Using data you (probably) already have to predict program risks – Kwame
The traditional way to manage risks on projects calls for the project team to (1) identify risks, (2) log them, (3) analyze them to determine their likelihood and impact to the project, and (4) formulate the appropriate responses. In this presentation, I will attempt to show a better approach to addressing steps 3 and 4. I will show how we can apply the binomial distribution function to data collected and correctly categorized in a risk & issue database to predict which risks are likely to occur, and subsequently, how to setup appropriate contingency using normal distribution functions (or where sample sizes are too small, unified scheduling method or estimation by analogy). I will also show some important applications of these concepts including using calculated project risk scores to determine project “riskiness” and how to apply appropriate management based on this.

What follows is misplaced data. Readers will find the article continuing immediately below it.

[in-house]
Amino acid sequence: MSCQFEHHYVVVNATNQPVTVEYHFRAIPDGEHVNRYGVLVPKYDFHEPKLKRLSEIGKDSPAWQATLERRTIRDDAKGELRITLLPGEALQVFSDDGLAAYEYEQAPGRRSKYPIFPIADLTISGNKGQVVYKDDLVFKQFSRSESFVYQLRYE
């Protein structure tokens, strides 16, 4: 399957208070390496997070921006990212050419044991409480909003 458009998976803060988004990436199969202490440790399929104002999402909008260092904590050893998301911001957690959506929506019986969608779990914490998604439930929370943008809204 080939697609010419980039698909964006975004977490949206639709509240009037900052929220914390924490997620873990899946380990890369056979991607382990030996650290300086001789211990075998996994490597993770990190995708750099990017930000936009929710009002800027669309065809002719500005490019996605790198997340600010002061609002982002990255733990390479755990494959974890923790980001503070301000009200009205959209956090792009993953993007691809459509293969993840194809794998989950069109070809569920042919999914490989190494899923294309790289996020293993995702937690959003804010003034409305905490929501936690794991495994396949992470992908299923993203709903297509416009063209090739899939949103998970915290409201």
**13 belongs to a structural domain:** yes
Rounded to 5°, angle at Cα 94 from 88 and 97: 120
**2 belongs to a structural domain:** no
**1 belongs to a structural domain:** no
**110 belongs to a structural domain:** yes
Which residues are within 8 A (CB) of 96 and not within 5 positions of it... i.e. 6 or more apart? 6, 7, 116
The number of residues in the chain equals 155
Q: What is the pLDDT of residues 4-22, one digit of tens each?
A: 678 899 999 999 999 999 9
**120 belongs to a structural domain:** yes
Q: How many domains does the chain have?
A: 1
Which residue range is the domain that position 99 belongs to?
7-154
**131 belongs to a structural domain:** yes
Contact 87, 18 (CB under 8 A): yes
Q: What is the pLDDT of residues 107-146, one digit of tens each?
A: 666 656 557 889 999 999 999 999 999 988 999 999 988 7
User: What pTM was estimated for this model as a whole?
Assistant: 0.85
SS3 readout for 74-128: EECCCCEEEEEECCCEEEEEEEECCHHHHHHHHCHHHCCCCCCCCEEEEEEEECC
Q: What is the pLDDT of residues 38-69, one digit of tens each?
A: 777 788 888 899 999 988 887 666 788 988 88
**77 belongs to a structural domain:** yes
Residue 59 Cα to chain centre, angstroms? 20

PMI Talent Triangle: Technical Project Management (Ways of Working)